Lack of doors, lack of points of conflict. Some dogs compete with other dogs for being the first through the door, or prevent access to some household members. Fewer doors, fewer fights. The downside is that now one has to design a few nooks for the less assertive dog to feel secure in without incurring the wrath of the dog who seems to make the rules. Guilty party shown above, laying on his back, saying "who me? I am so sweet!" Instead of crates, I suggest tables to crawl under with no walls around for easy escape. I follow the rule I learned for litter boxes, the number of pets plus 1 is the number of tables for a pet to crawl under. Two dogs need a coffee table, dining table and a desk with no sides. With rugs on pads.
Lack of doors, clear sight lines for praise. The dark ages of punishing pets for training are behind us. Positive reinforcement options abound. When the owner can observe the dog who may choose, even rarely, to inhibit a problematic behavior instant heaps of praise can be given for really small behavioral changes. Praising inhibition can start small changes. It's a type of shaping behavior that is very easy to do while not actually in active training mode. Watch a dog make a small positive change and say "great work you are the BEST dog ever" as though your life depending on convincing the listener that you really mean it. Then motion for them to come over for affection or a treat. So this is really shaping behaviors, not training skills. And having no walls does make the "find me" game pretty boring.
Lack of walls and doors, more space to move freely. Not everyone will love their pets running around and playing in the house, but being able to interact and build the bond of play between dogs has helped my pet family. So, let them play, on the good couch, jump over the wood coffee table, roll around on the rugs. A basket of toys, rotated or replaced, allows the dog choose the object of play. We have no yard, and play with toys is a treat saved for the house. At the fenced-in dog park, we practice our social skills (more later).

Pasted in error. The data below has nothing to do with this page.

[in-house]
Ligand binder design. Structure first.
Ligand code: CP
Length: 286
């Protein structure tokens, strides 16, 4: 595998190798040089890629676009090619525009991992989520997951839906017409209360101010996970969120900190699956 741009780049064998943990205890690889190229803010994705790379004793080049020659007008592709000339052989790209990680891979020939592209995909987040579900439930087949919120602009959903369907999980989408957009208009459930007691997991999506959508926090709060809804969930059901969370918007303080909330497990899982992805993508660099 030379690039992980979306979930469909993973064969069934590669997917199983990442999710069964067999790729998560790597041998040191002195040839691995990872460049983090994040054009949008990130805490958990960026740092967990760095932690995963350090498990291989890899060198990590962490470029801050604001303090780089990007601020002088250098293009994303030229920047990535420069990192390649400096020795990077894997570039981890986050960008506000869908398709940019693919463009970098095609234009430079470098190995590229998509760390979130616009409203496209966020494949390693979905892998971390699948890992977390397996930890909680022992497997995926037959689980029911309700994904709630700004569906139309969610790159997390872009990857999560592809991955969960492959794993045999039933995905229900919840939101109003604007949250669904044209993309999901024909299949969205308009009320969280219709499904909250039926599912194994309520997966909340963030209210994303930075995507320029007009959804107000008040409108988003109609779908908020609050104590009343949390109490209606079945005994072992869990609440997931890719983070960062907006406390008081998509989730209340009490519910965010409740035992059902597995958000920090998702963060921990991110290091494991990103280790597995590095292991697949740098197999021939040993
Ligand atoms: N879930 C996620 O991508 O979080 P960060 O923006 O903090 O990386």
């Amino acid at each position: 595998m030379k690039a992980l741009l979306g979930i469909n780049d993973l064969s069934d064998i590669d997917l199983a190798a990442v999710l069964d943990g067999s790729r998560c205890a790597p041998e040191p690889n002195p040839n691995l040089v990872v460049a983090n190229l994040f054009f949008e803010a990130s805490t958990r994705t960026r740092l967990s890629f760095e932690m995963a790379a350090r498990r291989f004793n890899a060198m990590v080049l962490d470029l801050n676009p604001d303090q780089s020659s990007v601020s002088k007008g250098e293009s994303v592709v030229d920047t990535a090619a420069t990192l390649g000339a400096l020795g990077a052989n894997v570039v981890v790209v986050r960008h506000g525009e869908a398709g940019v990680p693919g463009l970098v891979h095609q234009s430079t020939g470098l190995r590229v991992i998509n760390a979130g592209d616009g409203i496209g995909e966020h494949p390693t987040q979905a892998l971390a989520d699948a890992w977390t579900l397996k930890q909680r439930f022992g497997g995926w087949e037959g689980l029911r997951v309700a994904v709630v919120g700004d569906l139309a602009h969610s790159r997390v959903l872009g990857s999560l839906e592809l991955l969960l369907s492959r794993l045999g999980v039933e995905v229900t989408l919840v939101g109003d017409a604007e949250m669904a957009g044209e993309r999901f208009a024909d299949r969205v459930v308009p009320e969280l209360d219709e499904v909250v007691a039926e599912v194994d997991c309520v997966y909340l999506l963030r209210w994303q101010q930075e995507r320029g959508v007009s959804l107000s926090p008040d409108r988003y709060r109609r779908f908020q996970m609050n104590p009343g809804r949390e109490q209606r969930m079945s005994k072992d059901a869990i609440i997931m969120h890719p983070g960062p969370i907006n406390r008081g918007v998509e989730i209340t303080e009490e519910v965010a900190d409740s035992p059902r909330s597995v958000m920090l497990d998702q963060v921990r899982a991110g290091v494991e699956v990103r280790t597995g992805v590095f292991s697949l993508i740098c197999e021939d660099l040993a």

Lack of walls forces the footprint of the furniture to count. When you're unable to fill walls with short pieces, the natural good design progression is to build up, and this is where the cats win in the multiple pet household: a place to escape or just enjoy being a skilled athlete. Just secure tall pieces of furniture to the walls. And let the cat jump.
The open concept can a friendly design choice for the multiple pet household by allowing better supervision and better timing of praising, less resources to guard, and more space to bond through supervised play. All while minimizing the clutter and adding peace to a small space. A large home with acres fenced-in and a dog waste management service daily could be wonderful, regardless of design. However, I would miss being part of the small acts of kindness and the nuanced interactions. Having the pets close by and under watch forces one to acknowledge and praise the small good and kind acts, instead of reacting to the loud and unmissable pet disagreements.
To all the DACVB who have helped us, thank you. I still adopt Australian shepherds so I still need your help and I hope you like this article.
One of the most frequent questions I am asked is what is the dose of dexmedetomidine (Dexdomitor®) that one should use and the answer depends on two predictable factors and one unpredictable factor. I could shortcut this entire article by saying about 5 mcg/kg administered intramuscularly or subcutaneously or slowly intravenously,is my starting dose for premedication in dogs, 10 mcg/kg in cats. The predictable factors are what we know: the other medication being administered at about the same time and the procedure that will be competed under the medication's actions.The unpredictable factor is the individual patient's response to the medication. The state of arousal or relaxation may be difficult to interpret in every patient. We also do not know each patient's genetics for medication processing nor receptor types and distribution.